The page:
Good-bye Miss Monroe is here for a strictly limited season at Chapel off Chapel. We spoke with talented Director and Writer, Liam de Burca and fabulous leading lady Anna Burgess about the show now it has finally reached Melbourne! (Photos: Ange Leggas)

The play tells the untold story of Hollywood dance-director Jack Cole and his professional relationship with many iconic women of the Golden Age of Hollywood. Cole, is often considered the forgotten legend and the ‘father of jazz dance’. The show has just finished its Brisbane tour and received glowing reviews. “The response was quite amazing. I felt a great sense of ‘mission accomplished’ when members of the audiences told me they were going home to google Jack Cole and all the women in the show” de Burca said. Burgess adds audiences are “surprised they never knew who Jack Cole was, they had no idea he created ‘Diamonds are a girls best friend’ with Marilyn… also with the women, no one understood what happened to Rita Hayworth after her glamorous career. People want to learn more after the taste they get from this story”.


On working with this team de Burca admits that he is “quite speechless about the talents of Matt Young and Anna Burgess and ease in which we’ve worked together”. Not to mention the talents of Lighting Designer Jason Bovaird who “completely transforms the stage in absolutely no time at all…what else can I say but it is truly a Dream Team and then some!”. Burgess agrees explaining “we like to say that its kismet because… we’ve all had these similar journeys and come together later in our careers. Liam was an incredible Broadway and West End star. Now he is writing and directing and that’s so special to be a part of that journey”.

 

When we think of Marilyn Monroe, we all have a moment that comes to mind, whether it’s that ‘white dress’ or her sultry rendition of ‘Happy Birthday’ to the President of the United States. de Burca says he wasn’t a big Marilyn fan until he “came across some journals of Cole’s and learnt about his very long association and deep friendship with Marilyn”. His favourite Marilyn moment is now in the play “because it shows a very endearing side to Marilyn that we’ve never seen and because of the brilliance of Anna Burgess it is definitely something I will never forget”. Burgess reflects on the many interpretations of Marilyn saying “I just love that she worked so hard at her craft. She studied and read and rehearsed all the time and never stopped and wanted to be seen for so much more than her persona but it was carved in stone. Its really not about the pink dress, blonde hair or sexiness. It’s this little girl who wanted to have a family and to be loved and seen. A beautiful woman.”
Pop cultural icon and quintessential American sex symbol Marilyn Monroe’s final years were masked by illness and personal struggles. There is no doubt the world has at some stage been intrigued by her life. The play delights audiences by sharing another softer side to Marilyn in the early era where Cole helped create her. “So far we’ve only had loving fan experiences which is great, perhaps because the show is ultimately about respect for those who came before us” de Burca said. Burgess admits “I’m nervous because the head of the Marilyn Monroe fan club is coming to Melbourne…I think I understand Marilyn myself from my experience, my research and my love of her but gosh, fans know everything!”


Marilyn isn’t the only star of this show, however they are all portrayed by one. Burgess takes on the roles of seven women. Writer de Burca takes us through his characters “Mitzi Gaynor – one of the brightest young stars that came through the end of the Golden Age of Hollywood. Marilyn Monroe – in the play aged 23… one minute she’s a nobody and suddenly she’s skyrocketing to having top billing in a major motion picture. Martha Graham – inspired Jack Cole and she certainly inspired me too. Gwen Verdon – Cole’s assistant for many years…to survive 60 years in show business you’ve got to be a saint. Jane Russell – a leading lady but she was really devoted to being just a team member which is a great example of humility that we often need to be reminded of. Betty Grable – the first female star to have a body part (her legs) insured for $1 million – how camp is that! And Rita Hayworth – her story is even sadder than Monroe’s in many ways”. Then there is Jack Cole, played by Matt Young “a man partially responsible for making dance commercially accessible. A deeply intense artist who was also much more than just a choreographer”. Burgess says “ I feel so honoured to work on these women. I can’t tell you how much I respect them and the paths they have carved for women in theatre and film”.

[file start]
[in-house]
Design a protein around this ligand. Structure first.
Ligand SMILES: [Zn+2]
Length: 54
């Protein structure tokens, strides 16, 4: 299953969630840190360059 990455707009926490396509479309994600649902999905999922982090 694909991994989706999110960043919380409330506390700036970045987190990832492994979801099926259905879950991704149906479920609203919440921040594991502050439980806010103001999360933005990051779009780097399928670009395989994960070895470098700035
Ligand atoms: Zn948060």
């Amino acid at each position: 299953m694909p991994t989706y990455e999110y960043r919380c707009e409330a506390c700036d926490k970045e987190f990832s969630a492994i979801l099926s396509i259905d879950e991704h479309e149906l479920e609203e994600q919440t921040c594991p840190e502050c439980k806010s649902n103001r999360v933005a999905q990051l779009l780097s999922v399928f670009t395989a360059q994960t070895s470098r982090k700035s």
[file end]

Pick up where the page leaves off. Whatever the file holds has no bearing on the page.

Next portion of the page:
On finding this cast de Burca feels he’s been given a gift. He hadn’t thought Australia would be the place to “mount the show” but once he met Young, who in turn introduced him to Burgess “the combination was just too ridiculously world class to walk away from”. From then it has been the three of them, working tirelessly together to get the show to where it is today and de Burca says its “a wonderful way to work – less is more!” Having a truly admirable and rich history in theatre de Burca decided to write this play to hopefully “show the audience the depth of work and the passion that exists in the so-called commercial theatre world”. He continues “of course I also hope that audiences have a wonderful night at the theatre because after all, what else is the theatre for?” The play was inspired by de Burca’s youth, where he grew up learning Jack Cole technique. He says that Cole’s “tenacity and determination has been the backbone of my own persistence and my source of inspiration”.

Goodbye Miss Monroe is at Chapel off Chapel for a strictly limited season, opening Wednesday 30 April, 2014. Don’t miss this one!

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